The Proof is in the Pudding

English Christmas pudding was served flaming in Charles Dickens’ A Christmas Carol. Boz said “the pudding… blazing in half of half-a-quarter of ignited brandy”. What an image! Thank you, Mr. Dickens!

So, why do whiskey, brandy and other spirits burn? And, does it have anything to do with “proof”? What in the heck is the “proof” anyway? Why is there a proof number on the labels of bottled spirits? The answers require that we take a step back in time.

As early as the 1600s, the English based taxation of whiskey and other distilled spirts was based on the liquid’s proof. Spirits were originally tested with a basic “burn-or-no-burn” test, in which an alcohol-containing liquid that would ignite was said to be “above proof”, and one which would not burn was said to be “under proof”.

Another early method for determining proof involved applying rum to gunpowder to test its strength. When the rum-soaked gunpowder was loaded into the chamber of a rifle or pistol. If the weapon still fired, they had “proof” that the rum was strong enough.

Neither of these methods were easily reproducible due to variations in temperature, alcohol content, gunpowder granule size and a host of other factors that made it difficult to get consistent and verifiable results.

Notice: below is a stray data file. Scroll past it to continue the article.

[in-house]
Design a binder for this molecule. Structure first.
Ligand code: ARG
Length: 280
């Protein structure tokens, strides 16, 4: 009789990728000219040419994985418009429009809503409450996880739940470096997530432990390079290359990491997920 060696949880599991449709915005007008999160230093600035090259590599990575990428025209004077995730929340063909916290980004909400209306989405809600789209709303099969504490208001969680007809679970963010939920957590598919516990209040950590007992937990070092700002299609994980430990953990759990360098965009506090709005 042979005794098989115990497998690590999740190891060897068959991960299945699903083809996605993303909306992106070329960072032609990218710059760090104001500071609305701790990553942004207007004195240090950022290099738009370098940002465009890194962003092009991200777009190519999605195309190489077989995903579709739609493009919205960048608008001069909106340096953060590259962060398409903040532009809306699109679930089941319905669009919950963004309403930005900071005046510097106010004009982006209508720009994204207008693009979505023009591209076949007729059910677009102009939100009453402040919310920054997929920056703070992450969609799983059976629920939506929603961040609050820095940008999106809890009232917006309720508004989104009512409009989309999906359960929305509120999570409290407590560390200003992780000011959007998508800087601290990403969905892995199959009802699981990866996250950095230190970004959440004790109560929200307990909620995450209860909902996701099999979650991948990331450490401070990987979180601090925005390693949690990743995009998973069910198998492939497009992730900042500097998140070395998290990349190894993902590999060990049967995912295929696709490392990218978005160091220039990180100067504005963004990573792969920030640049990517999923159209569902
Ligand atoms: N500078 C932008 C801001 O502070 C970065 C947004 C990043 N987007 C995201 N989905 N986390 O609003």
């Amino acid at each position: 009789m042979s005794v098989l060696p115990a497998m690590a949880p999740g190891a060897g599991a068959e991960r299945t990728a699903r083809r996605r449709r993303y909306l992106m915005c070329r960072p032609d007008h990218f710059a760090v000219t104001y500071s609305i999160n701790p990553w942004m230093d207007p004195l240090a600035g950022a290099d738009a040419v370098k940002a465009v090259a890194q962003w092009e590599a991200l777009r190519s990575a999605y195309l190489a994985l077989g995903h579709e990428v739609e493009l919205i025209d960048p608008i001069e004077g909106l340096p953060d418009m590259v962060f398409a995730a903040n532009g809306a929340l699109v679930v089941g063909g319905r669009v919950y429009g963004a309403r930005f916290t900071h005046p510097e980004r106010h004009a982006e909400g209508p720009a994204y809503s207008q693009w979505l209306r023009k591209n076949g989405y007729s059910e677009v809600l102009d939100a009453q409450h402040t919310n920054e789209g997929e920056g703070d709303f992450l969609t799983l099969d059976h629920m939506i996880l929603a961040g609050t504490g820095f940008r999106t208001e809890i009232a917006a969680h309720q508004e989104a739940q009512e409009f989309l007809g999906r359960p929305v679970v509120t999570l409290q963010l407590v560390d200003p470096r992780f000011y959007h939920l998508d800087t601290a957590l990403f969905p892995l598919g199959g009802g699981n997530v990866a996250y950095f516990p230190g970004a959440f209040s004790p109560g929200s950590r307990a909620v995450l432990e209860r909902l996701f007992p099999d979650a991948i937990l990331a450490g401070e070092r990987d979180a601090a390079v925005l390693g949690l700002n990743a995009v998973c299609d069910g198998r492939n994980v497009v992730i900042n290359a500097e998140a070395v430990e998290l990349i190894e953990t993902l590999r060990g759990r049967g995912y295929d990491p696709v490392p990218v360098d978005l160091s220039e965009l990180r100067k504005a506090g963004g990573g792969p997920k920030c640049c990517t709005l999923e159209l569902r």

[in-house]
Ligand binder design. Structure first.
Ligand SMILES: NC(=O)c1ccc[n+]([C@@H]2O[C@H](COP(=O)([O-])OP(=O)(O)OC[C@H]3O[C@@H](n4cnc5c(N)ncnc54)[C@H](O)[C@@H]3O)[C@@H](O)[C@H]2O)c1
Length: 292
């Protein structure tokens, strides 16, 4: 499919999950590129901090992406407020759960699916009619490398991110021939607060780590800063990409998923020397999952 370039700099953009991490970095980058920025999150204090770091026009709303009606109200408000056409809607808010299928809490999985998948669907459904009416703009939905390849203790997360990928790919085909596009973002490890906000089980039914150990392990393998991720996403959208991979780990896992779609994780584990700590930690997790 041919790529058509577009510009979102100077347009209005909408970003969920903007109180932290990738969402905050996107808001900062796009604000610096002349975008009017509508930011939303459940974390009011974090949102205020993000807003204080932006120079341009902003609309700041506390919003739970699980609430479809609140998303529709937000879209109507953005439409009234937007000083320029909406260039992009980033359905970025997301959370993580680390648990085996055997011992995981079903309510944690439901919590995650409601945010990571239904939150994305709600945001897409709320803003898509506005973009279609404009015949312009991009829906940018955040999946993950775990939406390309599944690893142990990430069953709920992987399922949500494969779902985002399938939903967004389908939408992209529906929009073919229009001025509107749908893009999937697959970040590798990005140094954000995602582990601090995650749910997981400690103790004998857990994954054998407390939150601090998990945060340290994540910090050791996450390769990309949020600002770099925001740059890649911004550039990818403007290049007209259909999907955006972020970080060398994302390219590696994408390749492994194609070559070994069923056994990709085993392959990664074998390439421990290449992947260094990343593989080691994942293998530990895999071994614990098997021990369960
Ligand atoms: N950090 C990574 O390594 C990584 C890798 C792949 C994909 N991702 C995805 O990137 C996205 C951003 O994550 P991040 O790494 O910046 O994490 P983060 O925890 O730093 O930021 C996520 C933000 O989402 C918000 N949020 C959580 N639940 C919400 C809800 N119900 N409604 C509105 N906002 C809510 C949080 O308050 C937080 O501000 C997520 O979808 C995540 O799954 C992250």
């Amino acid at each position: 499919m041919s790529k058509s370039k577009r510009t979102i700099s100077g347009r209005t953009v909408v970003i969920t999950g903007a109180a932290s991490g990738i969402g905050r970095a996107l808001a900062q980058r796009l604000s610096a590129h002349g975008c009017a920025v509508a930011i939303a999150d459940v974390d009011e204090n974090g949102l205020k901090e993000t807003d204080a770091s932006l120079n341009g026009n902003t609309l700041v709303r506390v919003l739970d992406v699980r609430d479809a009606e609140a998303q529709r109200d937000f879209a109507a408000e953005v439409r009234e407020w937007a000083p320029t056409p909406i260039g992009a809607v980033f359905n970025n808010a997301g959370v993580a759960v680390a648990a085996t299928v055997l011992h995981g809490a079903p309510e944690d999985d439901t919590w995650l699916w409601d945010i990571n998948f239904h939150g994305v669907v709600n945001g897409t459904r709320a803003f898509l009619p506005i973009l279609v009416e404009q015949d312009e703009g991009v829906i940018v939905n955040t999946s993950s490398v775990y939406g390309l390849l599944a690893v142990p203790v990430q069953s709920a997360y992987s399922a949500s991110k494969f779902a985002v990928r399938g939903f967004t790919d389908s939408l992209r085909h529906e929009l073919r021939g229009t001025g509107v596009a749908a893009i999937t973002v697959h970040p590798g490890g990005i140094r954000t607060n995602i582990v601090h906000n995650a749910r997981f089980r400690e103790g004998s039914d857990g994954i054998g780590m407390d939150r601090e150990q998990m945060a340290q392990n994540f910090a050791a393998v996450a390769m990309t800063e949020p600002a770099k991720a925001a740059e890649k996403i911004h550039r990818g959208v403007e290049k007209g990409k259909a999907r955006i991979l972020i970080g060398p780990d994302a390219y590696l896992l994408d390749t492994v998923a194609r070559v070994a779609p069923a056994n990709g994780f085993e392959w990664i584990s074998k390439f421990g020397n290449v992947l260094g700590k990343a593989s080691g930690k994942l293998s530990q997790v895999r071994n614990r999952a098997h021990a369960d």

It was much later, at the end of the 17th century, England introduced tests based on specific gravity for defining proof. It wasn’t until 1816 that specific density became the legal standard. 100 proof was defined as a spirit with 12⁄13 the specific gravity of pure water at the same temperature.

The proof system in the United States established in 1848 was based on percent alcohol rather than specific gravity or specific density. Fifty percent alcohol by volume was defined as 100 proof.

Proof as a measure of alcohol content has become somewhat quaint, linguistic and historical. Today, we use the much simpler, percentage of alcohol by volume, or the ABV designation. However, distiller’s still state proof of their product because of its long use in the industry. The fact that proof is a larger number than percentage of alcohol, may be a factor spurred by ‘bigger is better’ thinking.

This raises another interesting issue. Here is a consumable that is flammable. Arguably, spirits are the only type of stuff that we humans ingest that should be kept away from open flames, unless of course, one is making Bananas Foster, Baked Alaska or even a savory dish such as Steak Diane that is finished a la flambé. Flambé, of course, is the cooking procedure in which alcohol is added to a hot pan to create a burst of flames. The word means “flamed” in French.

Why in the world do we humans like the stuff? Well, it does in fact taste good. There’s the consciousness altering effect and coming full circle, we have alcohol proof to thank for our vision of that lovely English, Christmas pudding.

Bon Appetit!